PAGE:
But the state of the world’s democracies is such that politics in any given democracy is often most clearly delineated by the varying degrees of anti-Americanism or pro-Americanism of opposing factions. Palmer’s plan to keep Syrian or Chinese judges off the court misses the point: the fact that they come from democratic nations hardly makes it wise for the U.S. to trust judges from France or Belgium.
That he misunderstands the world’s democracies casts a shadow of doubt over Palmer’s judgments on its dictators. His experience in Hungary, and examples of similarly activist American ambassadors, lead him to advocate the use of embassies as “freedom houses” that use their influence to aid democrats within a dictatorships. Palmer had success with Karoly Grosz in Hungary and Smith Hempstone was successful at nudging concessions from the Kenyan strongman Daniel arap Moi, and he suggests that Ambassadors should engage dictators in an effort to convince them of the benefits of allowing democracy and retiring gracefully, versus facing jail or hanging after an ouster. Palmer admits that this won’t work with some dictators, but insists it’s worth the effort.
BUT EVEN WHEN DICTATORS are ousted, is that, as Palmer tends to imply, the end of the story? In another new book, Talk of the Devil: Encounters with Seven Dictators (Walker & Co., 224 pages, $22) the Italian journalist Riccardo Orizio’s interviews, mixed with liberal helpings of history and travelogue, suggest that the answer is often no. Orizio’s subjects, all of them deposed former dictators (or in some cases their wives), seem in several cases, propelled forward by their own megalomania, quite a bit less than ready for a quiet retirement.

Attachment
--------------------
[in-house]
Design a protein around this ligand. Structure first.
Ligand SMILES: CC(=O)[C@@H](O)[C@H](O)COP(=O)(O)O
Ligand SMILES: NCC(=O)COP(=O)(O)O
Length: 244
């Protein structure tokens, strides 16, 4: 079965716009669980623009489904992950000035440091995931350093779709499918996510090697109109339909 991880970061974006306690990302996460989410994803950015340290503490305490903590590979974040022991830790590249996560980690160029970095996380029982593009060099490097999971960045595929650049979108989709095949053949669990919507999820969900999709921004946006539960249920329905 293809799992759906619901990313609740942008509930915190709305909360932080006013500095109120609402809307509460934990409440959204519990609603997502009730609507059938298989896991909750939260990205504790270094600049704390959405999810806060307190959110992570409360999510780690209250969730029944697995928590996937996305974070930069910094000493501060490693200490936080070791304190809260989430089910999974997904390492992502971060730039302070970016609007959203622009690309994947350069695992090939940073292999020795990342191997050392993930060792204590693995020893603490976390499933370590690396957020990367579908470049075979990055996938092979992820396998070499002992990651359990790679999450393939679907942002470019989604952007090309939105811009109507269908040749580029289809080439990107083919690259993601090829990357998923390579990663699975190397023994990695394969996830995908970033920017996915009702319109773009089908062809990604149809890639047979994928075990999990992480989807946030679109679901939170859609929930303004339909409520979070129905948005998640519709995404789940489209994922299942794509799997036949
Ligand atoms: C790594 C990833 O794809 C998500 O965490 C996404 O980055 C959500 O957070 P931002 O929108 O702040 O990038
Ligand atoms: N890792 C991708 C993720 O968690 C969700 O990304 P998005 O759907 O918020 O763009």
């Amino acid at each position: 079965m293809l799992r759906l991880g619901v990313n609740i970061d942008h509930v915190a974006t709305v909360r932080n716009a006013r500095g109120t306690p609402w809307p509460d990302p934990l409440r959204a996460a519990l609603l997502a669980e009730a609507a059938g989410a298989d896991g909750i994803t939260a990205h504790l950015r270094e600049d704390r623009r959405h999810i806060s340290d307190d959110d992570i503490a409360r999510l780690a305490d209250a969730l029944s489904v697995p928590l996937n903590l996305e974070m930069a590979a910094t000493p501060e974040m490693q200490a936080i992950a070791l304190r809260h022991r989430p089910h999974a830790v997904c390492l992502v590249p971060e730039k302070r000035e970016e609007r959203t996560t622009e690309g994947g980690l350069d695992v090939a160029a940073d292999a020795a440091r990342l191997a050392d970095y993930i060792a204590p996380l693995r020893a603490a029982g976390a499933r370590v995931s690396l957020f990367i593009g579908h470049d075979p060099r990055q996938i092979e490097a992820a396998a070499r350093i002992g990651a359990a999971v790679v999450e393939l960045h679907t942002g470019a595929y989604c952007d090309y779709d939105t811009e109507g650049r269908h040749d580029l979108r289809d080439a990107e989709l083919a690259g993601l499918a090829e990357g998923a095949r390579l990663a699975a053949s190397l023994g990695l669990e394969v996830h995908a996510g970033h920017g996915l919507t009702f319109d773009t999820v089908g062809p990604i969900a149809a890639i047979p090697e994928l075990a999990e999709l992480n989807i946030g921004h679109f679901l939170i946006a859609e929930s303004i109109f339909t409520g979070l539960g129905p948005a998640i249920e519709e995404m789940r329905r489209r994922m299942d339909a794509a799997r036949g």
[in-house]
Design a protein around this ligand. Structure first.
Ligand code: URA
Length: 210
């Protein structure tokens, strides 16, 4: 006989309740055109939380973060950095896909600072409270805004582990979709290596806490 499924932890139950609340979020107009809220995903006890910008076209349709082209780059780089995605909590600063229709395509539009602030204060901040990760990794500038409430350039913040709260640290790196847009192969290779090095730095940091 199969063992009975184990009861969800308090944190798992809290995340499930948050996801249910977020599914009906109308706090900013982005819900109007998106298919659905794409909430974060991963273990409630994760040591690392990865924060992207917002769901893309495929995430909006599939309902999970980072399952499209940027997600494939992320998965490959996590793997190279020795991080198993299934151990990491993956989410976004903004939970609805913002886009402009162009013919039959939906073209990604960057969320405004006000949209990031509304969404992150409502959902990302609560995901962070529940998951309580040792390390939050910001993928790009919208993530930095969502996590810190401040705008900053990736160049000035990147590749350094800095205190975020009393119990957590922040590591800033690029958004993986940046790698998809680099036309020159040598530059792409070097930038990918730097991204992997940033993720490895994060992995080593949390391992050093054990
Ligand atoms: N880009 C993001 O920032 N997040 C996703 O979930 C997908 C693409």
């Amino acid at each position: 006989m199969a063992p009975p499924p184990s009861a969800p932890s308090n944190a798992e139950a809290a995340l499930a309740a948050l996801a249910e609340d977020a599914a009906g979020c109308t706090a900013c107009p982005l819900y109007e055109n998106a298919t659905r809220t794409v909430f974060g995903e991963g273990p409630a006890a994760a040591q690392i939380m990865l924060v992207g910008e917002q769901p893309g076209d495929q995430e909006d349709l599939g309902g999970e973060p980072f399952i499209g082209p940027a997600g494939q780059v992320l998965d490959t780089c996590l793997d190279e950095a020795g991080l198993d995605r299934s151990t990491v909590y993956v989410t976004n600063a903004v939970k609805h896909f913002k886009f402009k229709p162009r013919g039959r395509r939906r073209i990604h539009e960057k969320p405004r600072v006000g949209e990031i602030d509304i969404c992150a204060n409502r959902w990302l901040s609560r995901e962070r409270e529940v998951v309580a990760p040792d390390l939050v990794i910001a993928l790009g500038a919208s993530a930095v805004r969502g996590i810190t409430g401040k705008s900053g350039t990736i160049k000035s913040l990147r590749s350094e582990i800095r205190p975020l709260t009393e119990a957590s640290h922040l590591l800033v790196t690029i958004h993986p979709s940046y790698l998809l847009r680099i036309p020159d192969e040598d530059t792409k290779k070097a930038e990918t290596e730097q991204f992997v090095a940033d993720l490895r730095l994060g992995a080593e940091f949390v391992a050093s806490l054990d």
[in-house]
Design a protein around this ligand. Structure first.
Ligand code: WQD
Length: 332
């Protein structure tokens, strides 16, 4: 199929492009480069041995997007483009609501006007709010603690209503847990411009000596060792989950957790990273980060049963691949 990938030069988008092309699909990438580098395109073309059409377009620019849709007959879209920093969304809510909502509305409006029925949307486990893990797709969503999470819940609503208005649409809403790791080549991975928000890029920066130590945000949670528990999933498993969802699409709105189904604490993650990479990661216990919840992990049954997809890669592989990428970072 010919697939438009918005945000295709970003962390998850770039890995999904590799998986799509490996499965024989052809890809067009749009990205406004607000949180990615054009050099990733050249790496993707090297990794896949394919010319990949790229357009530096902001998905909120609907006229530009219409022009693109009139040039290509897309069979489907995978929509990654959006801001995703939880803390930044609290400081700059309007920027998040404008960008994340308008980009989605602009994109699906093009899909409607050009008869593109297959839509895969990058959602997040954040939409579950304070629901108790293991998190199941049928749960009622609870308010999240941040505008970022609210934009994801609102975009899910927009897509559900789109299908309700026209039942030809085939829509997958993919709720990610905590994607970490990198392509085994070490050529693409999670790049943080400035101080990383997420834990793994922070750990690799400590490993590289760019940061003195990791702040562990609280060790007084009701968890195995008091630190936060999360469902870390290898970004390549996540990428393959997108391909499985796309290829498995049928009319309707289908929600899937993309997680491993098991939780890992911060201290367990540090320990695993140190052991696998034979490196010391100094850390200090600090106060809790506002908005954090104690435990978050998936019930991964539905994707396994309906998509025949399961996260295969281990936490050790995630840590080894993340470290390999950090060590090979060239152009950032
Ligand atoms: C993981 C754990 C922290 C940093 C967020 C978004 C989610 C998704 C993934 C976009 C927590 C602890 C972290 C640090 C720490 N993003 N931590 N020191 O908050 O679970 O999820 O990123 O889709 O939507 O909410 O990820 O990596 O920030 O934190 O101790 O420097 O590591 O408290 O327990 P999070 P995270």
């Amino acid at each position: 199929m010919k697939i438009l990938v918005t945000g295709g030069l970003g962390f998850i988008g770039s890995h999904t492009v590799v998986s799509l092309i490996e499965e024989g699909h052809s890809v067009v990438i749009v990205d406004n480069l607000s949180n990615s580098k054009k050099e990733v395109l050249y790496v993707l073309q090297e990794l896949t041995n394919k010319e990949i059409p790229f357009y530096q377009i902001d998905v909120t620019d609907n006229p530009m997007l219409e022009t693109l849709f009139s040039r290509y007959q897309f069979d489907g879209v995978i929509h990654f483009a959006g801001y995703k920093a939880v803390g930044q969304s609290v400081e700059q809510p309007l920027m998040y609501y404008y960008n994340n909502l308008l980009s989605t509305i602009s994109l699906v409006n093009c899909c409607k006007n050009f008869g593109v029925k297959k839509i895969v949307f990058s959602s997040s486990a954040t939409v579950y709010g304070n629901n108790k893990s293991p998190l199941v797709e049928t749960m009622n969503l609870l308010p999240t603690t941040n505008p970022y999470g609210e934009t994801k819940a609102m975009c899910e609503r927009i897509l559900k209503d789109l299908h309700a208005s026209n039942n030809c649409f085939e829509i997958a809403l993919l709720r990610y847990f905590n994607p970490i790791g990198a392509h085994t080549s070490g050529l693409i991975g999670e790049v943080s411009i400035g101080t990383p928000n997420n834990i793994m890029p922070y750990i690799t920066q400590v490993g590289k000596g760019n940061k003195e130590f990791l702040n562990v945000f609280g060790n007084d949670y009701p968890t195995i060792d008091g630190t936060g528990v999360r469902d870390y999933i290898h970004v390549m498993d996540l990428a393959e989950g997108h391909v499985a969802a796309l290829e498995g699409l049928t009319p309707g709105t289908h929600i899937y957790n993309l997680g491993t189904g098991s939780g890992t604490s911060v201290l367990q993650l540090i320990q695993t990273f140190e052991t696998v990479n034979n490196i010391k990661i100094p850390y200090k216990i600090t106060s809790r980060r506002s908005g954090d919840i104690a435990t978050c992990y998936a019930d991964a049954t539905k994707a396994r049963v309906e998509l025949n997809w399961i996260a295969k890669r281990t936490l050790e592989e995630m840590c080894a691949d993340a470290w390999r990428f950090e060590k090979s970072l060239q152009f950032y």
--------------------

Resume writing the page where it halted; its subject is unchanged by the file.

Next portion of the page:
An unrepentant Nexhmije Hoxha, the “Black Widow” of the late Albanian tyrant Enver Hoxha, is out of jail and talking like she’s up for another revolt: “The forces of obscurantism have destroyed the Socialist system in Albania with barbarous ferocity and have also destroyed our industry and our wealth.” Jean-Claude Duvalier is biding his time in France, ready to return to Haiti (where his father remains a voodoo deity) if the Aristide government should falter; there’s even a Baby Doc website, though there’s no content there at the moment. And the man who during his reign was introduced as His Excellency President for Life Field Marshal Al Hadj Doctor Idi Amin Dada, VC, DSO, MC, Lord of All the Beasts of the Earth and Fishes of the Sea and Conqueror of the British Empire in Africa in General and Uganda in Particular was, even toward the end of his life during his exile in Saudi Arabia, attempting to ship something (it’s not clear what, but one can guess) to his son Taban Amin, leading guerrilla attacks in the Congolese jungle against the army of the democratic Uganda.
That the world’s democracies can become the unified force for the promotion of liberty that Palmer envisions, a force that doesn’t routinely fall for the sort of games of one-step-forward-two-steps-back reform that have served tyrants so well in Tehran, Pyongyang, and elsewhere, seems an unfortunately long shot. And even if many of the “last 45” are forced to step down, Orizio’s reporting suggests that many are likely to remain a malign influence in their countries.
Certainly, the fostering of democracy worldwide should be a national security priority. But given the circumstances of our world, Palmer’s vision of a free world by 2025 seems sadly remote. Perhaps by 2050?
Notice to Readers: The American Spectator and Spectator World are marks used by independent publishing companies that are not affiliated in any way. If you are looking for The Spectator World please click on the following link: https://spectatorworld.com/.